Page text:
Wild boar diet
and what they eat

They are nocturnal animals. They search for food at night.

They are omnivores and their diet is comprised of nuts, seeds, roots, acorns, fruit, small reptiles, and rodents. Occasionally, they might eat small mammals and bird eggs.

Subspecies
of the wild board

Starting with 2005, a total of 16 species are recognized. These 16 subspecies can be divided into 4 regional groups as follows: Western, Indian, Eastern and Indonesian.

Wild boars and the damages
they cause

Because of their growing numbers, wild boars can have a negative impact on forest regeneration. This is mainly due to their habit of digging up soil while looking for food, which damages tree seedling survival and growth. The most vulnerable seem to be the longleaf pine seedlings.

Relationship with humans
and what they can result in

The number of boar population has increased throughout the years, but despite that, the species altogether is threatened by habitat loss. And that is because our fellow humans are at fault though all the deforestation that we are conducting and through the growth of settlements. Perhaps their increase in numbers correlated with the destruction of their habitat is what have triggered wild boars to invade cities.

When do they attack humans?

  • When they feel cornered or threatened
  • To defend themselves against hunters
  • To protect its piglets if it’s a female (this is one of the main causes that wild boar attacks occur)
  • Usually attacks are more frequent during the wild boars’ rutting season (November-January) in agricultural areas that border forests or on paths that lead to forests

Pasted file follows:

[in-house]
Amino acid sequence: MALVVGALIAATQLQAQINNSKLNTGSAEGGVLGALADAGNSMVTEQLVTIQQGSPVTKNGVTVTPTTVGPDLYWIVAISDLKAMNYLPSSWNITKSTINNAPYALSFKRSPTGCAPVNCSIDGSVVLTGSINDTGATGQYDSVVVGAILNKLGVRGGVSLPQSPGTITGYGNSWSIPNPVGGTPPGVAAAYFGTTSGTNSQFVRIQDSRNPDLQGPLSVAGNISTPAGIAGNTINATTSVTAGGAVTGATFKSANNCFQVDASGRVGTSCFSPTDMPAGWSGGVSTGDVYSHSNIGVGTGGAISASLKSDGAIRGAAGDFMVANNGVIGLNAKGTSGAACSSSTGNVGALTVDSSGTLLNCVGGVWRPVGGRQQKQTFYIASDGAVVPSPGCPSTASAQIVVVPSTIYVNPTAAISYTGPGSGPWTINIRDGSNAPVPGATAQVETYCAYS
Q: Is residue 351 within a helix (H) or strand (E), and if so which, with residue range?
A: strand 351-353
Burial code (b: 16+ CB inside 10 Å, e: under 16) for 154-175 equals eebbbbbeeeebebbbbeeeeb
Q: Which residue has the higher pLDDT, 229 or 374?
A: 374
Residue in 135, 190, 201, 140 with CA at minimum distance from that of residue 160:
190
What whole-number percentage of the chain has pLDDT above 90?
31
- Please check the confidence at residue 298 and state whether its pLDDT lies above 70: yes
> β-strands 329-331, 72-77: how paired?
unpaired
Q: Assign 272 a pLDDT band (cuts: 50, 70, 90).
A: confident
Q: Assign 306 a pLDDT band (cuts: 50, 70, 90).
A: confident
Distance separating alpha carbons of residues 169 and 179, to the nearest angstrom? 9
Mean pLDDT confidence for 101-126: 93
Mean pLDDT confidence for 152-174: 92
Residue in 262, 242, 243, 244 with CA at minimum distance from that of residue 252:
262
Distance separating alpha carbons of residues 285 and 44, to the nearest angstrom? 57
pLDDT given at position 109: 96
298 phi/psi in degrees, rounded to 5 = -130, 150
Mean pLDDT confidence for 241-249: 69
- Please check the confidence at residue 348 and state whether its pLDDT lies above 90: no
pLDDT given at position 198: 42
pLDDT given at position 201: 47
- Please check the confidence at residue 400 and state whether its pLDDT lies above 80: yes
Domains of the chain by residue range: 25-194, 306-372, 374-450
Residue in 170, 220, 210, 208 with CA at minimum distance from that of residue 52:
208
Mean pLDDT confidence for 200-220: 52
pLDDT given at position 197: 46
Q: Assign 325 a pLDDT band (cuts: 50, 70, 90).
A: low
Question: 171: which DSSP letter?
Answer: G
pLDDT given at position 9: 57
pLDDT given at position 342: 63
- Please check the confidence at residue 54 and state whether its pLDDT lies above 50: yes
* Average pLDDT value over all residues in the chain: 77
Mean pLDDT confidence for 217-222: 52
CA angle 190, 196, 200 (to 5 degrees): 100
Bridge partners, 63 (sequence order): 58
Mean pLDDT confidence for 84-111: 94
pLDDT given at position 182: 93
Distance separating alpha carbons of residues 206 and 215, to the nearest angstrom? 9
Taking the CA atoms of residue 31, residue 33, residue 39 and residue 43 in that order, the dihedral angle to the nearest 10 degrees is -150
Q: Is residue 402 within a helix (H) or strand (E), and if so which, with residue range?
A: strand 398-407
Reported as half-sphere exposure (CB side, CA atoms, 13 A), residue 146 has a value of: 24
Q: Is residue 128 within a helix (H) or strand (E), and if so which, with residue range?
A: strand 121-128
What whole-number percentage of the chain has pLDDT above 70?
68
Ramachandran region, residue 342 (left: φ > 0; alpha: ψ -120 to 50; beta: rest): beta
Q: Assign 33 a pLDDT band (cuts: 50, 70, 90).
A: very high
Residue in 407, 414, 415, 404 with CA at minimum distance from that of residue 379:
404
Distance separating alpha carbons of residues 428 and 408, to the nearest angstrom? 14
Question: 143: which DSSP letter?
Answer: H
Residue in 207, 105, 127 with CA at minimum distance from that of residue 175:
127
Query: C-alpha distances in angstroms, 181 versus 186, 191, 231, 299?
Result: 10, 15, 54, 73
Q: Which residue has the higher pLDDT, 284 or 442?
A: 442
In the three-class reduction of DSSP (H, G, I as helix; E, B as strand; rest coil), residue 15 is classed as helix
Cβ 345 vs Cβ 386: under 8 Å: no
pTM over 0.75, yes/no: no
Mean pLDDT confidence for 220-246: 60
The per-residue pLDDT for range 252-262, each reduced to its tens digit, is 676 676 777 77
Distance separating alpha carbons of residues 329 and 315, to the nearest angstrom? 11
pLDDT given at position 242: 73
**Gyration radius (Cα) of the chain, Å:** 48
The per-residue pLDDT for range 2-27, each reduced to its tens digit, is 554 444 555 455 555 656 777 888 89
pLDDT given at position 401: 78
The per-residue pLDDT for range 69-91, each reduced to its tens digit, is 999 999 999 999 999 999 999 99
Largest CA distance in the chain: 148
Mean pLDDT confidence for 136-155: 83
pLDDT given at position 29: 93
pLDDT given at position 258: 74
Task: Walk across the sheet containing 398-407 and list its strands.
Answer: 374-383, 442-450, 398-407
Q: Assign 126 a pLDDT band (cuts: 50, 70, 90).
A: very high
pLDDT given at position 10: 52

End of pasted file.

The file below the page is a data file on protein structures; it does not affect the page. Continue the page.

wild boar attack

When wild boars attack, they usually charge and try to make its victim trip and fall to the ground. Because of their sharp tusks, humans can suffer injuries, especially in the lower part of the body. If after the initial attack the victim still shows movement, the wild boar will step back and then charge again.

Wild boar attack
And what to do

  • Remain calm.
  • Keep a safe distance.
  • Slowly back away from the wild boar.
  • If you have time, try to reach higher ground such as a boulder, car, possibly even climb a tree. But please consider that this might be hard to apply due to the closeness and speed of a wild boar surprise charge.
  • When attacked, keep your footing. Try sidestepping quickly to avoid being swung by its tusks.
  • If all the above fails, fight back with whatever available at hand (sticks, your bare hands, a knife, a gun) until mauling ends.
  • Even when attacked, try to keep your standing position by all means as you can suffer greater injuries once down.

What NOT to do
And what to do

  • Do not approach them, under any circumstances; adult boars with piglets are strikingly more sensitive and dangerous, therefore, they should be avoided at all costs.
  • Likewise, do not feed them under any circumstances.
  • Do not corner them or provoke them in any way.

Conclusion

Honestly, wild boar encounters are the worst for hikers. And that is because boars are the most unpredictable natural predators. However, if you take note of our guide, you should be safe.